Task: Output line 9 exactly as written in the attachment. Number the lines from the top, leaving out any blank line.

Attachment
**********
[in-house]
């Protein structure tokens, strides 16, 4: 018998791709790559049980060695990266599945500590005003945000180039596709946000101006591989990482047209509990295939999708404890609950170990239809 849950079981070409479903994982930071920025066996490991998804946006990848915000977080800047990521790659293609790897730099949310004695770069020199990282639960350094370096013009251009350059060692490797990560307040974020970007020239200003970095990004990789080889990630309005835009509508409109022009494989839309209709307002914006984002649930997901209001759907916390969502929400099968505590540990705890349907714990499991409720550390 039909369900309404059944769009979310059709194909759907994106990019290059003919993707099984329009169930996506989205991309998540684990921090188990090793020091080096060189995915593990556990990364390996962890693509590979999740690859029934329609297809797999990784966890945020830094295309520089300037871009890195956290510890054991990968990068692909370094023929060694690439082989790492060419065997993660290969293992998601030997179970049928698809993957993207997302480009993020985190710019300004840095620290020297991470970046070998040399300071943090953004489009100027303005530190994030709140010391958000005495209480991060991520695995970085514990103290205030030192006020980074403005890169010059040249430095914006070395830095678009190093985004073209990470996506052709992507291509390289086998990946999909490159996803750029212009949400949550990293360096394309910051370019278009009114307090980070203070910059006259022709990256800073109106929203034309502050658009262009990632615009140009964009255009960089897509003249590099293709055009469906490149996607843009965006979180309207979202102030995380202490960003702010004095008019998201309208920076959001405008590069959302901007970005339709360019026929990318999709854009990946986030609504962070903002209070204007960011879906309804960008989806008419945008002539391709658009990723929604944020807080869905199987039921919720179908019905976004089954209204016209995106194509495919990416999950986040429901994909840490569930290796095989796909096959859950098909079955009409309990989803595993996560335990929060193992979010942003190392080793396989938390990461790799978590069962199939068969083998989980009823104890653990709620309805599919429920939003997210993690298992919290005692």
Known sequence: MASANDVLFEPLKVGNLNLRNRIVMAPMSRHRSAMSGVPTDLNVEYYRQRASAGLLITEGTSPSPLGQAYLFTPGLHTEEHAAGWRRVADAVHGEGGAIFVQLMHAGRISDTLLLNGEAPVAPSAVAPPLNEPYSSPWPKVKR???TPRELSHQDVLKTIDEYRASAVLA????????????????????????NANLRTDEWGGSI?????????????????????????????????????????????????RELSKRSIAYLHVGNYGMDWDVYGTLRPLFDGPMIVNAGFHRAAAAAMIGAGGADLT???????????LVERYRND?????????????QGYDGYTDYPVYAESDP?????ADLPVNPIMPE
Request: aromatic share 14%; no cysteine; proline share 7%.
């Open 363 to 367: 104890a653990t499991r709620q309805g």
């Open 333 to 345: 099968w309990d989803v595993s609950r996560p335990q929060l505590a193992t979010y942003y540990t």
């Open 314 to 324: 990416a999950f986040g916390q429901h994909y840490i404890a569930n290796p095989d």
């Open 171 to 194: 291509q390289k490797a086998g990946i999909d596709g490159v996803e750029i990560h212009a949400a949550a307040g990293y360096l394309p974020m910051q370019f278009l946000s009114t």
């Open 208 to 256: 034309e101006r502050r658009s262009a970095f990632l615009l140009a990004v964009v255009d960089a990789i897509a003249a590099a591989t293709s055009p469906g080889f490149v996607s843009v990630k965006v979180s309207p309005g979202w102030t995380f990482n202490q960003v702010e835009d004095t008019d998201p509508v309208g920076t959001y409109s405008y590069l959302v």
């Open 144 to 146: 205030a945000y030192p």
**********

């Open 208 to 256: 034309e101006r502050r658009s262009a970095f990632l615009l140009a990004v964009v255009d960089a990789i897509a003249a590099a591989t293709s055009p469906g080889f490149v996607s843009v990630k965006v979180s309207p309005g979202w102030t995380f990482n202490q960003v702010e835009d004095t008019d998201p509508v309208g920076t959001y409109s405008y590069l959302v």